Multi-family 1031 Chicken? Egg? Conundrum?

8 Replies

Sold commercial office. Now in a 1031.

I have a few weeks left on my identify period. After years to think about it, I have just a few weeks to get a deal in place.
The years of thinking about it process, strongly persuaded me to head in the direction of out-of-state multi family with professional management, when the time came. And here we are.

Without getting specific about the amounts, it's quite a bit more than one's first duplex. So what i have in exchange money could become quite a number of units, depending on how much leverage I would want, and dependent on securing such a loan.

The issues i am having, are this:

1.) Even though I am an experienced small business person,  and an experienced commercial property owner, I apparently can't necessarily run around with my down payment money, call it 25 percent down and expect the deal to be pushed through. So far lenders seem to want to know that there is some level of experience level in that specific sector, and if not then other factors have to considered and maybe concessions made. The size and/or quality of the deal seem to be at stake.

2.) Chicken and Egg: I can't seem to (so far) get a lender that will work through the scenario with me, so I don't otherwise waste everyone's time. The lender says " Show me the specific deal, with a viable offer that is already in striking range of acceptance and we'll run it by the underwriter. The Broker says: Bring an offer with proof that you can get the deal funded.

3.) I'm not feeling a whole lot of motivation from the parties I am contacting to take me seriously. Admittedly, I am not connected, not part of the good old boys network. My money is real. My need to push through this 1031 is real. I'm sincere and ready to go on a rational deal that can get funded and close and meets my goal which is a priority on income.

Thoughts?

Where are you looking to purchase? Try to see if you can find a mortgage broker in that area that can help you instead of going direct to a lender. The broker will likely have better knowledge of which lenders have an appetite for a first time 1031 borrower from California, for example.

Another thing to consider is to buy a smaller property that you will not have to borrow money at all. Then later on refinance out to get your leverage up on it and then use the extra money to go buy something else.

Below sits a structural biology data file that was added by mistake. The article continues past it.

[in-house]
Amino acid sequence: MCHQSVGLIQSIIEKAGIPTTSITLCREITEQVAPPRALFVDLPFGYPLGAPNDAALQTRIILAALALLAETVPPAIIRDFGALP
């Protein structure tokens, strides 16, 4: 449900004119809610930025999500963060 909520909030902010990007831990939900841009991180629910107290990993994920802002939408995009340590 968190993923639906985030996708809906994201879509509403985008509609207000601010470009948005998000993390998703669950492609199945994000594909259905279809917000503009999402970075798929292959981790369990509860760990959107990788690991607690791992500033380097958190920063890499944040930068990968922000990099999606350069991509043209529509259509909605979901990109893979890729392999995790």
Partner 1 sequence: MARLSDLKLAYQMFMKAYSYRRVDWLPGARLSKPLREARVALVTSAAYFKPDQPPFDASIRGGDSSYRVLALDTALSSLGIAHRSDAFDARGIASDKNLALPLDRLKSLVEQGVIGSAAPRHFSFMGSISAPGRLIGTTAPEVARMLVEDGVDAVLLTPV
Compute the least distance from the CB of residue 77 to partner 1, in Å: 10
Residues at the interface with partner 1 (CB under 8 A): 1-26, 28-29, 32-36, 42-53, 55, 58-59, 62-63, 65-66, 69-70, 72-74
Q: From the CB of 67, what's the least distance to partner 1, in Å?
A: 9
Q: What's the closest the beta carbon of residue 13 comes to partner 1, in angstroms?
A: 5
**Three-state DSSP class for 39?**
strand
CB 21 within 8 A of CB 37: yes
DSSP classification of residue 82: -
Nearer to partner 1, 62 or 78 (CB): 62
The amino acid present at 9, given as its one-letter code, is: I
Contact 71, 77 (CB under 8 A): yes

I believe you can identify up to three properties. One of the reasons is the IRS know not every deal will go through so you have some alternatives if one doesn't go through

@Michael Klinger Do you have a local credit union or local community bank or have you exhausted all options? I would definitely have a backup in place in case you can’t obtain financing. Possibly a property that doesn’t require you to finance or if you have significant tax liability (so you don’t blow your Exchange opportunity) you could choose to invest in a Delaware Statutory Trust (DST) which is sold through a financial advisor. You are a passive investor and typically receive a monthly distribution. It qualifies for like-kind IRS treatment so it can be a great backup option. You’d have to fit suitability requirements but once it liquidates, you can take the funds and do another 1031 back into a property that you can actively manage. I’m seeing a lot of Multi-family offerings available through various sponsors. I’d be happy to connect you with a financial advisor if you want to learn more, see what’s out there, or are nearing your 45th day and don’t want a failed exchange.

@Michael Klinger Congrats on (hopefully) successfully exiting your deal. I think you can, with some work, overcome the objections that you'll face with lenders by coming to them with an established property management company, and other team members already in your corner.

This week I'm flying to a Mid-West market to meet with multifamily brokers and lenders, but I've already lined up two management companies that I like, and I have a 15 pg business plan for how I will approach the market and my criteria.